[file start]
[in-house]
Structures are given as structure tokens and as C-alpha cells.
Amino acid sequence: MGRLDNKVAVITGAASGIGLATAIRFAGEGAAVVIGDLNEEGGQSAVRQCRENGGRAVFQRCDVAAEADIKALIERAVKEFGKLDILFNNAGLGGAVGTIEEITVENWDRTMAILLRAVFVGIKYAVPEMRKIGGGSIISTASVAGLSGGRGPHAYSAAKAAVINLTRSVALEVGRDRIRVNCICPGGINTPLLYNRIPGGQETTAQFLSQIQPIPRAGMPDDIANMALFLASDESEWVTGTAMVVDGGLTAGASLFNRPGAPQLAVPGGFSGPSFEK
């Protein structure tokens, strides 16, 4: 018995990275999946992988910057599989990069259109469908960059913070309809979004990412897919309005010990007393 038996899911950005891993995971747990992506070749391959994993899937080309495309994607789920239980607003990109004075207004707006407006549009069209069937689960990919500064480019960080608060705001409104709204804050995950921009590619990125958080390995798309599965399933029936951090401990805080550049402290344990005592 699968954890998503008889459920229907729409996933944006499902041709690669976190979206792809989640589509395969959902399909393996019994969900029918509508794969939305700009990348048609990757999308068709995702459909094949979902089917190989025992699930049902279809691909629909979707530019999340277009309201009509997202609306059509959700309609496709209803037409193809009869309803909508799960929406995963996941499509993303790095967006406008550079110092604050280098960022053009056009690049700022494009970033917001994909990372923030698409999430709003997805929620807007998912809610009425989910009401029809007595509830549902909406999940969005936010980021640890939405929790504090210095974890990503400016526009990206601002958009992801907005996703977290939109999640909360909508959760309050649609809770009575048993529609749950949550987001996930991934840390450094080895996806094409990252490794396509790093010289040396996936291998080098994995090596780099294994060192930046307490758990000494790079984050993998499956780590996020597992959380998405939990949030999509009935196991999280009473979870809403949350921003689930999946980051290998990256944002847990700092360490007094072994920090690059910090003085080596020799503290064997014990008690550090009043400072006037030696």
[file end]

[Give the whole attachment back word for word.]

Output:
[in-house]
Structures are given as structure tokens and as C-alpha cells.
Amino acid sequence: MGRLDNKVAVITGAASGIGLATAIRFAGEGAAVVIGDLNEEGGQSAVRQCRENGGRAVFQRCDVAAEADIKALIERAVKEFGKLDILFNNAGLGGAVGTIEEITVENWDRTMAILLRAVFVGIKYAVPEMRKIGGGSIISTASVAGLSGGRGPHAYSAAKAAVINLTRSVALEVGRDRIRVNCICPGGINTPLLYNRIPGGQETTAQFLSQIQPIPRAGMPDDIANMALFLASDESEWVTGTAMVVDGGLTAGASLFNRPGAPQLAVPGGFSGPSFEK
């Protein structure tokens, strides 16, 4: 018995990275999946992988910057599989990069259109469908960059913070309809979004990412897919309005010990007393 038996899911950005891993995971747990992506070749391959994993899937080309495309994607789920239980607003990109004075207004707006407006549009069209069937689960990919500064480019960080608060705001409104709204804050995950921009590619990125958080390995798309599965399933029936951090401990805080550049402290344990005592 699968954890998503008889459920229907729409996933944006499902041709690669976190979206792809989640589509395969959902399909393996019994969900029918509508794969939305700009990348048609990757999308068709995702459909094949979902089917190989025992699930049902279809691909629909979707530019999340277009309201009509997202609306059509959700309609496709209803037409193809009869309803909508799960929406995963996941499509993303790095967006406008550079110092604050280098960022053009056009690049700022494009970033917001994909990372923030698409999430709003997805929620807007998912809610009425989910009401029809007595509830549902909406999940969005936010980021640890939405929790504090210095974890990503400016526009990206601002958009992801907005996703977290939109999640909360909508959760309050649609809770009575048993529609749950949550987001996930991934840390450094080895996806094409990252490794396509790093010289040396996936291998080098994995090596780099294994060192930046307490758990000494790079984050993998499956780590996020597992959380998405939990949030999509009935196991999280009473979870809403949350921003689930999946980051290998990256944002847990700092360490007094072994920090690059910090003085080596020799503290064997014990008690550090009043400072006037030696």